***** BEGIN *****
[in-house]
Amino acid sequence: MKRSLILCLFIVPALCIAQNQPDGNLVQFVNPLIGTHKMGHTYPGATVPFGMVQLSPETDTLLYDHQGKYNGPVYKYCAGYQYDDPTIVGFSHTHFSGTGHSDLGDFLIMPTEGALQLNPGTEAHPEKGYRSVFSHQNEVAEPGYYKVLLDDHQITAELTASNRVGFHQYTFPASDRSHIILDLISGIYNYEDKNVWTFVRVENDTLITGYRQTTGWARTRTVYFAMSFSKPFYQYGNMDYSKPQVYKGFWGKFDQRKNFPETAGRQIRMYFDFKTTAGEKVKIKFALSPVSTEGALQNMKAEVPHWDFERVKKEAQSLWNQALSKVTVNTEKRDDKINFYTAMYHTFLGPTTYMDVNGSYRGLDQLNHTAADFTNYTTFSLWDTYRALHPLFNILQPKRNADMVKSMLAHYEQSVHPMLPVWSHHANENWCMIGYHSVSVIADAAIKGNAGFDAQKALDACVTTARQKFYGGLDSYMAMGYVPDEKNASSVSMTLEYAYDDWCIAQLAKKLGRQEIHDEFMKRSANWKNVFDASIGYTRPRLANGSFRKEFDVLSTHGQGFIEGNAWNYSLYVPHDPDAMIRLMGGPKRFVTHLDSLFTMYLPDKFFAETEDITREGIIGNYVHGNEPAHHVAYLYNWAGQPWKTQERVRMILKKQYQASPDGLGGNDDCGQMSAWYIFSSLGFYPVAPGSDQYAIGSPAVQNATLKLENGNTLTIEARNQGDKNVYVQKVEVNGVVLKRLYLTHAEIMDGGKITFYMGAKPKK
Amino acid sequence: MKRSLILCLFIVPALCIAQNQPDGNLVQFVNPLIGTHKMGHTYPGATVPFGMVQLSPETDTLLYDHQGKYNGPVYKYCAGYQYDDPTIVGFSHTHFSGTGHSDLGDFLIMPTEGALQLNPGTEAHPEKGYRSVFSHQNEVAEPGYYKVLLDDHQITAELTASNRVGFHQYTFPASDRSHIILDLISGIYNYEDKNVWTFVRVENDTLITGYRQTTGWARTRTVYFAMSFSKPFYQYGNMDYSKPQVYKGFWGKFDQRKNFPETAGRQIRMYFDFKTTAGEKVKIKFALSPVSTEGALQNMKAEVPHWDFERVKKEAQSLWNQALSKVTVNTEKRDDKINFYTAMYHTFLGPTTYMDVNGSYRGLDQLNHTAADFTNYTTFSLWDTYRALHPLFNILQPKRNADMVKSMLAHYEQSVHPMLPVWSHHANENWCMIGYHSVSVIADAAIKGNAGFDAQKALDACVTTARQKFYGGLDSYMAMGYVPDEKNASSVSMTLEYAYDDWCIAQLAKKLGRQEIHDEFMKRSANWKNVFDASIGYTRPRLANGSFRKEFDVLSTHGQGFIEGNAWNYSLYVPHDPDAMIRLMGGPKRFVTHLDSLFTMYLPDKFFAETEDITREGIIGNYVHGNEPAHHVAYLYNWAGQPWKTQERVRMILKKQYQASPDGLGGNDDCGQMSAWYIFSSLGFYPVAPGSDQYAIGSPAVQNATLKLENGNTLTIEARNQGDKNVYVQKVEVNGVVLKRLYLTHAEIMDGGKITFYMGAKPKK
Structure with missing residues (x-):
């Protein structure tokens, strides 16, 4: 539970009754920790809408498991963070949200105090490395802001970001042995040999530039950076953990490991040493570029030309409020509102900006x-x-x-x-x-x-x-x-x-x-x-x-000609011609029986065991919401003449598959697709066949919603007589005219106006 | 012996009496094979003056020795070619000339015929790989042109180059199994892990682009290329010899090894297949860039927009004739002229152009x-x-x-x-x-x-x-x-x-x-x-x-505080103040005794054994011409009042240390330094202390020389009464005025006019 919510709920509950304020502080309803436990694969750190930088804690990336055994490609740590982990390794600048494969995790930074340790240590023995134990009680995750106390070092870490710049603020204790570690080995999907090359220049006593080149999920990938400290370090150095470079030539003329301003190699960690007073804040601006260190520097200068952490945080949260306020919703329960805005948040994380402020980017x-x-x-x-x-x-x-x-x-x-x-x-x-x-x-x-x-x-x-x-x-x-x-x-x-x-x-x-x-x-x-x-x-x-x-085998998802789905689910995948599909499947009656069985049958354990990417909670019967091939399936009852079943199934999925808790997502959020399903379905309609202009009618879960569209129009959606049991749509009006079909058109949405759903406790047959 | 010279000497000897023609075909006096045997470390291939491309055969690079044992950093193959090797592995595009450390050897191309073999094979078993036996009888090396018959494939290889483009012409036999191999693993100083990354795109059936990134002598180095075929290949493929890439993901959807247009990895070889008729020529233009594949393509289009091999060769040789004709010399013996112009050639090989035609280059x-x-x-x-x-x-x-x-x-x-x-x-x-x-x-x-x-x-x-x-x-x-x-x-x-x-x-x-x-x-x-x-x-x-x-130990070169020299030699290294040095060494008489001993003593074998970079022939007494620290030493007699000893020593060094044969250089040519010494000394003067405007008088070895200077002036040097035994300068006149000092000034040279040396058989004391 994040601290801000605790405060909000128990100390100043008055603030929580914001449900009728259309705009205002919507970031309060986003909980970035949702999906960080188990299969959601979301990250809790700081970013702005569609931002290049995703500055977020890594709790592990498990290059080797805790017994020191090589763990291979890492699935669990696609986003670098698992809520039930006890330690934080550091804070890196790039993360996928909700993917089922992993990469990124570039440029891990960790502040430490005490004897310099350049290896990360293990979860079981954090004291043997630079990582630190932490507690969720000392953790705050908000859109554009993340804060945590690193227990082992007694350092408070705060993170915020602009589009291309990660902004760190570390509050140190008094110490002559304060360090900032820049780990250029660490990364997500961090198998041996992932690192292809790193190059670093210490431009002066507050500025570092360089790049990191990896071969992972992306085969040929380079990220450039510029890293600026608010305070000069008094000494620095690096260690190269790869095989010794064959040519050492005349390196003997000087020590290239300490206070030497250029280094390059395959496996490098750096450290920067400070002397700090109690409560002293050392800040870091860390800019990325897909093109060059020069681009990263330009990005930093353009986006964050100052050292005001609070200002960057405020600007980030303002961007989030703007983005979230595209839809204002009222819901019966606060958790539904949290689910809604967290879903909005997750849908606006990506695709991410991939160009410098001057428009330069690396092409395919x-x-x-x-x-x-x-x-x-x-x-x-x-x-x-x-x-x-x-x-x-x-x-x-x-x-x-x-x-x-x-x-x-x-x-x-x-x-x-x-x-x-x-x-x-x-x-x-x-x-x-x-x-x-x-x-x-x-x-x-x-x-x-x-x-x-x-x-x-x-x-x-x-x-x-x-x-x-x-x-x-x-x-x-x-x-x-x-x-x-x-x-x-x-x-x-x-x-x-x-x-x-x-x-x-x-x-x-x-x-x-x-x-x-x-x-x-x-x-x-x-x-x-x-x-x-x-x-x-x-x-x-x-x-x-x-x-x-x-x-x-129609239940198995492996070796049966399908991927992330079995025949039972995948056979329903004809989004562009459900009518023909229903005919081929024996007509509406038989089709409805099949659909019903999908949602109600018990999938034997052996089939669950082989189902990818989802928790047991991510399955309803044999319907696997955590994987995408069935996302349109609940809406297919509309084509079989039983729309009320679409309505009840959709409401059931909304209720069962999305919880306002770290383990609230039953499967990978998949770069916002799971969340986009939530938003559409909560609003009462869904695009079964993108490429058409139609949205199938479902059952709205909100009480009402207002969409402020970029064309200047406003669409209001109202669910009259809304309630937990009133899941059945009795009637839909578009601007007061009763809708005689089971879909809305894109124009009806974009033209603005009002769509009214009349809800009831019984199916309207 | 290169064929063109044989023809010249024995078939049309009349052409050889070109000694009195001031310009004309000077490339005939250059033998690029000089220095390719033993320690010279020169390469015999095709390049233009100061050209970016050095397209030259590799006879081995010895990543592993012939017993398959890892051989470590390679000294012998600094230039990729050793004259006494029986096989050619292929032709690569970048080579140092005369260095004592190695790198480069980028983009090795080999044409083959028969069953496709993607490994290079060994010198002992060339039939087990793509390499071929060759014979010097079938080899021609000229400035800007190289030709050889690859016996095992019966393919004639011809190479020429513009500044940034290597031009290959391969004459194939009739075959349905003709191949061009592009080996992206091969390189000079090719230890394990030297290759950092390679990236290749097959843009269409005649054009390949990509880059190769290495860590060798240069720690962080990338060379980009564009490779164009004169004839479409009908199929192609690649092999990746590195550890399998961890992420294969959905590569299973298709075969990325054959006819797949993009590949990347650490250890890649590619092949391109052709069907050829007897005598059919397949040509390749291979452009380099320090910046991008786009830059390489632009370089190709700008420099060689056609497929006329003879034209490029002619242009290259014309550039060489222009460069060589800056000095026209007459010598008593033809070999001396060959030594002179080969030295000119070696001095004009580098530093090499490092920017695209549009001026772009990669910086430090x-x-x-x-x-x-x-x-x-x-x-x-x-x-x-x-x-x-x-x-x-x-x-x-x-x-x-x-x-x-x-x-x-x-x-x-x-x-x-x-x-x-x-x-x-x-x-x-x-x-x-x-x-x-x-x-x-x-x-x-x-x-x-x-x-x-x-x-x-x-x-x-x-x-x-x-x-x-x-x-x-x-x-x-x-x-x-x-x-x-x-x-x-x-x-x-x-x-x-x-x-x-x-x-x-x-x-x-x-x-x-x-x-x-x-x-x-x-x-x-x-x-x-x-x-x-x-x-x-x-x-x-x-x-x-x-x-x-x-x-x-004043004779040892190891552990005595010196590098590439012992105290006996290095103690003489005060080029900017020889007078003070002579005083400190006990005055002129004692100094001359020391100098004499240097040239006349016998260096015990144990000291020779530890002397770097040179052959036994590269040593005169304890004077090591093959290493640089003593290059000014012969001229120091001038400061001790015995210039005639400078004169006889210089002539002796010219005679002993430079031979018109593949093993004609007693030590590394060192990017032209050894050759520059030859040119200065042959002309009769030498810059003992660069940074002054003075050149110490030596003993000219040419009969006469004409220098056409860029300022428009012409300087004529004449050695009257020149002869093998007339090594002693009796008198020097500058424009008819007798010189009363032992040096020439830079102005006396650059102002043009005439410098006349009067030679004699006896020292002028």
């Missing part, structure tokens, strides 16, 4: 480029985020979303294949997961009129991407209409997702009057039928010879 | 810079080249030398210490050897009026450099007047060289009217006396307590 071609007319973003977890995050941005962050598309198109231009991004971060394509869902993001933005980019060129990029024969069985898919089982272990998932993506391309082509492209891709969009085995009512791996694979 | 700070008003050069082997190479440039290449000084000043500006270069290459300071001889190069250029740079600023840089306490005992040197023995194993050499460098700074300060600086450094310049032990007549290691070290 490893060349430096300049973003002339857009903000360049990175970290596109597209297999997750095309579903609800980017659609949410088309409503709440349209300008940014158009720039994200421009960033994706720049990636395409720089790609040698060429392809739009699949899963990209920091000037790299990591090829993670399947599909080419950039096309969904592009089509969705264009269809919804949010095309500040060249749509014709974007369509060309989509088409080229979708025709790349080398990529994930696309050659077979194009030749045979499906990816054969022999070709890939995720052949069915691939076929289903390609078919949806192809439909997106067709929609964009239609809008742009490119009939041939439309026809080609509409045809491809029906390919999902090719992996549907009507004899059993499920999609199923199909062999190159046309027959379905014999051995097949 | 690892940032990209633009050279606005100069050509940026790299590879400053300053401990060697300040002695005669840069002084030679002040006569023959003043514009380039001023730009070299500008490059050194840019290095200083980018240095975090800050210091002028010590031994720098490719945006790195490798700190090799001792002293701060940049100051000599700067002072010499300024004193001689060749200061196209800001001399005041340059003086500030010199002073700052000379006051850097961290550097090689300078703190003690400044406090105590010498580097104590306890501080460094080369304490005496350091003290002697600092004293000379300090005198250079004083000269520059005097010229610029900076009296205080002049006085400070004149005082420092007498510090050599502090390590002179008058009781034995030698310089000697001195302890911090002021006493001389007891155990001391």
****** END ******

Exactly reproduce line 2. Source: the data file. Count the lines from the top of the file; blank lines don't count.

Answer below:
Amino acid sequence: MKRSLILCLFIVPALCIAQNQPDGNLVQFVNPLIGTHKMGHTYPGATVPFGMVQLSPETDTLLYDHQGKYNGPVYKYCAGYQYDDPTIVGFSHTHFSGTGHSDLGDFLIMPTEGALQLNPGTEAHPEKGYRSVFSHQNEVAEPGYYKVLLDDHQITAELTASNRVGFHQYTFPASDRSHIILDLISGIYNYEDKNVWTFVRVENDTLITGYRQTTGWARTRTVYFAMSFSKPFYQYGNMDYSKPQVYKGFWGKFDQRKNFPETAGRQIRMYFDFKTTAGEKVKIKFALSPVSTEGALQNMKAEVPHWDFERVKKEAQSLWNQALSKVTVNTEKRDDKINFYTAMYHTFLGPTTYMDVNGSYRGLDQLNHTAADFTNYTTFSLWDTYRALHPLFNILQPKRNADMVKSMLAHYEQSVHPMLPVWSHHANENWCMIGYHSVSVIADAAIKGNAGFDAQKALDACVTTARQKFYGGLDSYMAMGYVPDEKNASSVSMTLEYAYDDWCIAQLAKKLGRQEIHDEFMKRSANWKNVFDASIGYTRPRLANGSFRKEFDVLSTHGQGFIEGNAWNYSLYVPHDPDAMIRLMGGPKRFVTHLDSLFTMYLPDKFFAETEDITREGIIGNYVHGNEPAHHVAYLYNWAGQPWKTQERVRMILKKQYQASPDGLGGNDDCGQMSAWYIFSSLGFYPVAPGSDQYAIGSPAVQNATLKLENGNTLTIEARNQGDKNVYVQKVEVNGVVLKRLYLTHAEIMDGGKITFYMGAKPKK